Seafresh, Victoria

What’s the one dish people associate with Britain?

Fish ’n’ chips, with a side order of relentless drizzle. Celebrating the essentials of modern Britain in a stodgy melange of batter and starch, it’s one of those dishes that’s offered everywhere but which rarely achieves greatness.

Seafresh is a rarity in London – a traditional British fish bar, without any gimmicks, serving quality fresh fish at reasonable prices. And it shows in the clientele, a mixture which speaks of impressive customer retention. Grizzled locals, old folks, wide-eyed tourists, day-trippers and off-duty nine-to-fivers all pour in to sample a traditional delight done right, watched over by head chef and owner Mario Leonidou, who’s been serving fish ’n’ chips for more than 20 years.

As new customers walk in they shake his hand and enjoy a quick catch-up. This is a restaurant of the community – and how often can you say that in SW1?

Tucking into my cod and chips, the first thing I notice is how meaty the fish is, breaking into thick chunks reminiscent of icebergs, rather than flaking into strands like cheap tissue paper. It tastes fresh and juicy, totally unlike the frozen fillets my mum would try and palm the ten-year-old me off with on a Friday evening in lieu of an actual takeaway. The batter makes a deep, satisfying crunch when bitten into, and the chips have just the right balance of fluffy potato to salty skin. The whole meal feels satisfying, robust, and at £11.75 excellent value in the heart of London.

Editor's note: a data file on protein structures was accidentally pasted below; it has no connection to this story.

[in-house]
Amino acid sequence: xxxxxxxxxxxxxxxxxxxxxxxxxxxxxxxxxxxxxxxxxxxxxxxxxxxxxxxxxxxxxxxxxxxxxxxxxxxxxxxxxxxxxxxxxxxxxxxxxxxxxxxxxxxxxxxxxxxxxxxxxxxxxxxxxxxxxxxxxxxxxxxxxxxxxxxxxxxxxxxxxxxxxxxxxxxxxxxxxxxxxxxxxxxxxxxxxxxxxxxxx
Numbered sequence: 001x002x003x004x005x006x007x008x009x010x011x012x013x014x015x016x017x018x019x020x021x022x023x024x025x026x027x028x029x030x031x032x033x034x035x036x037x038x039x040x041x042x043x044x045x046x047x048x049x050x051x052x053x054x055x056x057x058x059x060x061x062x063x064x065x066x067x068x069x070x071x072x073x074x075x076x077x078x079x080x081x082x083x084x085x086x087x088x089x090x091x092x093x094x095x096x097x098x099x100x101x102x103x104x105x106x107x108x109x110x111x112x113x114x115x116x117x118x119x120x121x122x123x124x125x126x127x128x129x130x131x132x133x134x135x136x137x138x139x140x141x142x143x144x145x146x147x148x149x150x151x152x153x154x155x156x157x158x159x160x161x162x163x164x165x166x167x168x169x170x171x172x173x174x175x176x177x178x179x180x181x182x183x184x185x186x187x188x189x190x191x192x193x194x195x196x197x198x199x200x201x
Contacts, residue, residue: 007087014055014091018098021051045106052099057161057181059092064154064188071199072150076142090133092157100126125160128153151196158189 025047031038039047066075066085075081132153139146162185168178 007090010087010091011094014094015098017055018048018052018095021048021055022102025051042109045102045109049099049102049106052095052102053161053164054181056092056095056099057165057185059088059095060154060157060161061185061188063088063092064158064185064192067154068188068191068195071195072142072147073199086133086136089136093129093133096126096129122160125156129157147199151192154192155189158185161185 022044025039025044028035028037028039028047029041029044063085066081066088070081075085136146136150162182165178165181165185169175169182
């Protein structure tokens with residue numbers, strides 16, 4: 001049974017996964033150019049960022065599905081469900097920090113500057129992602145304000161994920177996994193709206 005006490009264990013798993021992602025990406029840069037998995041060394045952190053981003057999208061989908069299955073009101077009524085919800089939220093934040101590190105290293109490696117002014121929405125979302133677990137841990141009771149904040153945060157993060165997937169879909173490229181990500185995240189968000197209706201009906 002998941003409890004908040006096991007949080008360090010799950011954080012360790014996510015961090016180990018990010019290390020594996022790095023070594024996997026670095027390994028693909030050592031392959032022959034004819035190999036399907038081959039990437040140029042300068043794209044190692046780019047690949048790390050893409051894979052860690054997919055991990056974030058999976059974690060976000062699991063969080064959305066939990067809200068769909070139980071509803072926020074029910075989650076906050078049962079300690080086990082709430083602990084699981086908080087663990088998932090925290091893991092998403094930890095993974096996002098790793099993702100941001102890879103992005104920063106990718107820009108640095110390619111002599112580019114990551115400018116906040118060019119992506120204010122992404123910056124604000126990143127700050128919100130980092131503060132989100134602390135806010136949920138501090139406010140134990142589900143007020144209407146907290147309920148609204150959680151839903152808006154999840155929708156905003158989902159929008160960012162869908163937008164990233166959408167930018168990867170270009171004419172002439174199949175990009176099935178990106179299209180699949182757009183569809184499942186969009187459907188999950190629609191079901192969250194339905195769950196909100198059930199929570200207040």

Seafresh can do delicate, too. Our starter was a intelligently laid out seafood platter, an aquarium of antipasti, serving all the classic fruits of the sea. Calamari are lightly fried and tender, king prawns are crunchy and perfectly seasoned, and the texture of the scallops is worth taking time over. Meanwhile we’re also served a steaming basket of quartered pitta bread with a pot of freshly made tzatziki, a moreish tribute to the restaurant’s Hellenic heritage.

With so many restaurants in London nowadays focusing more on gimmicky, self-indulgent ‘concepts’ than preparing good food, it’s refreshing to find an old-school, grub-oriented fish ‘n’ chips diner that has its priorities in order. If you’re in central London and fancy a bite of something traditional, you could certainly do far worse. As any tourist will tell you, this is what British food is all about. Well, that, and the relentless grey drizzle.

80-81 Wilton Rd

Tel: 020 7828 0747

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